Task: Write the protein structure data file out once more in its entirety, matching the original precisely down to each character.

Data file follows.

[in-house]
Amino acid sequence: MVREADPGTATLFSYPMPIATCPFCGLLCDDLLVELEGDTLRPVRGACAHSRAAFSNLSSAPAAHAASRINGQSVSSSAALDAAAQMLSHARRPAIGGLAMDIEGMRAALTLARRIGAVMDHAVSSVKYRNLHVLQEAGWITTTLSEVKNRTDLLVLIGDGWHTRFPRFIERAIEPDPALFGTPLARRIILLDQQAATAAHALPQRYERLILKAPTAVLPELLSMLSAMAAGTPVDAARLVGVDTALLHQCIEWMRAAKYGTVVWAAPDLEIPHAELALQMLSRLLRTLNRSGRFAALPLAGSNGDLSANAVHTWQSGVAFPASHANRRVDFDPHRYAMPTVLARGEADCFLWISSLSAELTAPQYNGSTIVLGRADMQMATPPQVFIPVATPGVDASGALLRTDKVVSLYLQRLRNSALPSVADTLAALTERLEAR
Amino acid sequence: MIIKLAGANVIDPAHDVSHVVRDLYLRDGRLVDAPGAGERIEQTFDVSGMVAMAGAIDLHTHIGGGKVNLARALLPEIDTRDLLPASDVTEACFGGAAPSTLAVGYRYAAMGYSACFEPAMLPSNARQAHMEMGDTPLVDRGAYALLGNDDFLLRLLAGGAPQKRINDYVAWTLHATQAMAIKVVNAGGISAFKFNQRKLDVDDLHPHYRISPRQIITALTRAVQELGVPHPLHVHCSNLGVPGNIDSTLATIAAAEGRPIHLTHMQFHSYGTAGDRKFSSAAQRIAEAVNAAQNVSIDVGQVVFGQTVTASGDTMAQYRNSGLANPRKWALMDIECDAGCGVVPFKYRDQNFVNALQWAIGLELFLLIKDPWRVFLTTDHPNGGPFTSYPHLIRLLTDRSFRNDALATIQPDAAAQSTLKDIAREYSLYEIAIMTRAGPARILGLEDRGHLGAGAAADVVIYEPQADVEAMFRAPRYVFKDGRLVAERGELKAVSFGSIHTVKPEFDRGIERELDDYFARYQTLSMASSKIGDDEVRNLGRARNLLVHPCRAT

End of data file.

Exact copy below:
[in-house]
Amino acid sequence: MVREADPGTATLFSYPMPIATCPFCGLLCDDLLVELEGDTLRPVRGACAHSRAAFSNLSSAPAAHAASRINGQSVSSSAALDAAAQMLSHARRPAIGGLAMDIEGMRAALTLARRIGAVMDHAVSSVKYRNLHVLQEAGWITTTLSEVKNRTDLLVLIGDGWHTRFPRFIERAIEPDPALFGTPLARRIILLDQQAATAAHALPQRYERLILKAPTAVLPELLSMLSAMAAGTPVDAARLVGVDTALLHQCIEWMRAAKYGTVVWAAPDLEIPHAELALQMLSRLLRTLNRSGRFAALPLAGSNGDLSANAVHTWQSGVAFPASHANRRVDFDPHRYAMPTVLARGEADCFLWISSLSAELTAPQYNGSTIVLGRADMQMATPPQVFIPVATPGVDASGALLRTDKVVSLYLQRLRNSALPSVADTLAALTERLEAR
Amino acid sequence: MIIKLAGANVIDPAHDVSHVVRDLYLRDGRLVDAPGAGERIEQTFDVSGMVAMAGAIDLHTHIGGGKVNLARALLPEIDTRDLLPASDVTEACFGGAAPSTLAVGYRYAAMGYSACFEPAMLPSNARQAHMEMGDTPLVDRGAYALLGNDDFLLRLLAGGAPQKRINDYVAWTLHATQAMAIKVVNAGGISAFKFNQRKLDVDDLHPHYRISPRQIITALTRAVQELGVPHPLHVHCSNLGVPGNIDSTLATIAAAEGRPIHLTHMQFHSYGTAGDRKFSSAAQRIAEAVNAAQNVSIDVGQVVFGQTVTASGDTMAQYRNSGLANPRKWALMDIECDAGCGVVPFKYRDQNFVNALQWAIGLELFLLIKDPWRVFLTTDHPNGGPFTSYPHLIRLLTDRSFRNDALATIQPDAAAQSTLKDIAREYSLYEIAIMTRAGPARILGLEDRGHLGAGAAADVVIYEPQADVEAMFRAPRYVFKDGRLVAERGELKAVSFGSIHTVKPEFDRGIERELDDYFARYQTLSMASSKIGDDEVRNLGRARNLLVHPCRAT